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October is breast cancer awareness month

published on 11-12-2008

Calling All Girls

"I never regret it when I do it, but I always regret it when I don't."
--Devin McDonald Vinson, 37, Portland, OR

October was Breast cancer awareness month. In light of that fact, it is time for all women over 40 to consider having a mammogram. It’s also a good time to look at health maintenance for women.

For women under 40, annual visits to their primary care physician include updating their medical and surgical history, talking about their medications and supplements and having an annual Pap smear and breast exam. Since Heart disease is still the leading cause of death in women, checking blood pressure, talking about smoke cessation, if applicable and addressing physical activity are also parts of this visit. Having labs done that may be appropriate for age, medical diagnosis, and family history and updating immunizations are also included. Flu vaccine is offered at this time of year. Also updates in Tdap, also know as tetanus shots are needed every ten years. The new tetanus immunizations also cover pertussis or whooping cough. Those who received that vaccine as children are no longer protected from whooping cough. Cases of whopping cough had been seen in recent years, and so it is a good idea to be protected from it.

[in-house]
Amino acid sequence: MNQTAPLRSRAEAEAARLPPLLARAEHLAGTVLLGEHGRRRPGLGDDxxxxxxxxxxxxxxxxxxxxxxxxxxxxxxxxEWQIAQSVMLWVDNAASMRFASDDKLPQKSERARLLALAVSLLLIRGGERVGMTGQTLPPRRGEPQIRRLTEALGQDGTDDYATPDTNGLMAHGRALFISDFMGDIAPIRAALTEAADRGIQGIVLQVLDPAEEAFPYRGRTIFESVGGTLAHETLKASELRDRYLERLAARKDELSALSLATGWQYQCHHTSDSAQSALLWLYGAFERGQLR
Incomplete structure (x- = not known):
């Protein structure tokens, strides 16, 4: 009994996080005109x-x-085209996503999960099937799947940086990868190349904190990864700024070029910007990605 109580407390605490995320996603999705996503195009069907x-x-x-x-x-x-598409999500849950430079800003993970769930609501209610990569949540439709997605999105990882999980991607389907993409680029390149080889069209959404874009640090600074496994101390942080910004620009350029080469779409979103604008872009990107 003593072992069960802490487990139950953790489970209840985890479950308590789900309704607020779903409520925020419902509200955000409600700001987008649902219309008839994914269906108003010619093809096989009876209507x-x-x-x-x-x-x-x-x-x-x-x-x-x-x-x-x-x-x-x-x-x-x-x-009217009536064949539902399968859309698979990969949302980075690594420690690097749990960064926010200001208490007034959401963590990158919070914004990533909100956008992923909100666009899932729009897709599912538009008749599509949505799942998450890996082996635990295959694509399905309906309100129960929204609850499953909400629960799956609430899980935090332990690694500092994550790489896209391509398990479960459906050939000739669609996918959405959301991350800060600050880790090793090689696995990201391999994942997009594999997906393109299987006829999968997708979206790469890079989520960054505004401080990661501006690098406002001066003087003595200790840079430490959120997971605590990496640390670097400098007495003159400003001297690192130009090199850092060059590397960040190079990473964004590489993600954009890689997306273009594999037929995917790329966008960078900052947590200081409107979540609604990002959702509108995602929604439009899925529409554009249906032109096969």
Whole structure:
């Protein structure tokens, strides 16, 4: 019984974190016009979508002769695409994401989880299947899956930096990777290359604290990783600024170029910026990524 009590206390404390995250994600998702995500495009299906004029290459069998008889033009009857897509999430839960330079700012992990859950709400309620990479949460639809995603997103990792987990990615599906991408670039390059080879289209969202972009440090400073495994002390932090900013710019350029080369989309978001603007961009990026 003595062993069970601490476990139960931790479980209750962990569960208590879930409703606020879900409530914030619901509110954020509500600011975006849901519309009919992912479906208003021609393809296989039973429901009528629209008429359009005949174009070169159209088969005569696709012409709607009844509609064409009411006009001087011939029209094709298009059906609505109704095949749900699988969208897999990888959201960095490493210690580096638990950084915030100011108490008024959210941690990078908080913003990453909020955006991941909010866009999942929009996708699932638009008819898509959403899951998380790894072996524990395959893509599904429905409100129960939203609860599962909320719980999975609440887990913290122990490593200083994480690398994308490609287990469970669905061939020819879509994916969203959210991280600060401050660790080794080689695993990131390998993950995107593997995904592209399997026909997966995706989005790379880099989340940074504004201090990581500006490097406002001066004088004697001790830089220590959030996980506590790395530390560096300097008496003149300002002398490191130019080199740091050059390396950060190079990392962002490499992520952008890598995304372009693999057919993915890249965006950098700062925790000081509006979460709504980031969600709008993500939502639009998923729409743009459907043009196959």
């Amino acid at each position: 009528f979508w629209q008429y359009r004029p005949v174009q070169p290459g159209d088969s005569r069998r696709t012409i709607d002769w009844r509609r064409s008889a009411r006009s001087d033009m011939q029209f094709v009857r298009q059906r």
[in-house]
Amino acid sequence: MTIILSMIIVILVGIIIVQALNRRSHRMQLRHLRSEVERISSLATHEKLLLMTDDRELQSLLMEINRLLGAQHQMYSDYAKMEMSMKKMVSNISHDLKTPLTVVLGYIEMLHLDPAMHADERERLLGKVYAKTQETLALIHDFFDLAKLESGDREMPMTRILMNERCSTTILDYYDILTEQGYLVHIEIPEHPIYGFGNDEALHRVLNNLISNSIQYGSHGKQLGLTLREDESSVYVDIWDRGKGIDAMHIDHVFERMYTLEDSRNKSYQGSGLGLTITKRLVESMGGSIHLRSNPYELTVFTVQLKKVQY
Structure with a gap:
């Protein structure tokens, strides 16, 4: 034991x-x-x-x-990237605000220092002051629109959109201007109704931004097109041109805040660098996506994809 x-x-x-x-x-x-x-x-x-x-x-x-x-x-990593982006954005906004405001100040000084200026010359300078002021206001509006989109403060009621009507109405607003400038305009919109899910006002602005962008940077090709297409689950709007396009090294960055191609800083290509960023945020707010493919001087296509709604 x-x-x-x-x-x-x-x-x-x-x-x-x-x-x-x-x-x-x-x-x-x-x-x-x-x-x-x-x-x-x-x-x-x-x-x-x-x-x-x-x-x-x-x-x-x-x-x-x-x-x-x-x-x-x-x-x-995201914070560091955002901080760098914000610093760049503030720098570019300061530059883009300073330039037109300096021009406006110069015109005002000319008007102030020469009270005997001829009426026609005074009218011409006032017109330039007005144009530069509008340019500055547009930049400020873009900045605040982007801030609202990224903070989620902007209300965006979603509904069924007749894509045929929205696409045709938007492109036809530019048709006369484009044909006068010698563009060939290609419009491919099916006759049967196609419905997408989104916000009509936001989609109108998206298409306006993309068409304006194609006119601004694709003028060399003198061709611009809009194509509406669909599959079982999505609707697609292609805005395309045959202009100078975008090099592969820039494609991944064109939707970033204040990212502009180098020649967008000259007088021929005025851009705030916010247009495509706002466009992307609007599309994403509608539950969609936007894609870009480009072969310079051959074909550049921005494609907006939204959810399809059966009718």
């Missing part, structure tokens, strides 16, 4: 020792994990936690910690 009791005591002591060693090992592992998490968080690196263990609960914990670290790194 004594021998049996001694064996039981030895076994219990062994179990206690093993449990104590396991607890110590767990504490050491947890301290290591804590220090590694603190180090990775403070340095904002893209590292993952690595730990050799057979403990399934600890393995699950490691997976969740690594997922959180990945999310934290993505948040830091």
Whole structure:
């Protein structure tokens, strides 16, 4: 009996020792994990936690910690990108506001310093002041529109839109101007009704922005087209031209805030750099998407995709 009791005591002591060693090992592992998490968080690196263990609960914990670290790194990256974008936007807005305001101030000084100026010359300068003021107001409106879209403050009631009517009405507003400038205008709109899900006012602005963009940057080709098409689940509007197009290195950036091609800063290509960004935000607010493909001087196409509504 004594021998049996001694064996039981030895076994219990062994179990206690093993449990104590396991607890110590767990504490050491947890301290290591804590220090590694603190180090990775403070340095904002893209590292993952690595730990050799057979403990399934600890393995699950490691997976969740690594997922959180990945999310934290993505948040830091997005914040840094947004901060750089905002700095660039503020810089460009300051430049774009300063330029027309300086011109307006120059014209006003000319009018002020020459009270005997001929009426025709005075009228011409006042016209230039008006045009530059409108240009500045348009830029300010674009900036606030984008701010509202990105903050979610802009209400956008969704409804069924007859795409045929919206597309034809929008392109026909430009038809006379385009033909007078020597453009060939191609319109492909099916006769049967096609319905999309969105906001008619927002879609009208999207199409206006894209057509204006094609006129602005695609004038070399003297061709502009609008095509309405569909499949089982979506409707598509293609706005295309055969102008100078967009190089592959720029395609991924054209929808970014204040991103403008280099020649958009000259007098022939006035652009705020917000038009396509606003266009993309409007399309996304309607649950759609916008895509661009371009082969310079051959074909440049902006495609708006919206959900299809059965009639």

For postmenopausal women discussion of menopausal symptoms and how to treat those can also take place at this annual exam. Mammograms are recommended yearly for women over 40. Bone mineral density screening is recommended for all women older than 50 years of age. This should begin sooner in women who have experienced fractures or have been surgically menopausal for a number of years. Adequate intake of calcium and vitamin D levels may be added to routine chemistry screening, lipid screening, screening for anemia, and sometimes thyroid screening. A colonoscopy will be recommended for those over 50. In addition to the above immunization recommendations, a one time pneumococcal vaccine after age 55 years is recommended, and Zostavax, the shingles vaccine, is recommended for those ages 60 and above.

So if you have not visited your primary care provider in a year or more, now is a good time for you to pick up the phone and call to make that appointment.

ruger_pic_ted_picture_150To a long and healthy life,

Dr. Jane Ruger, M.D.

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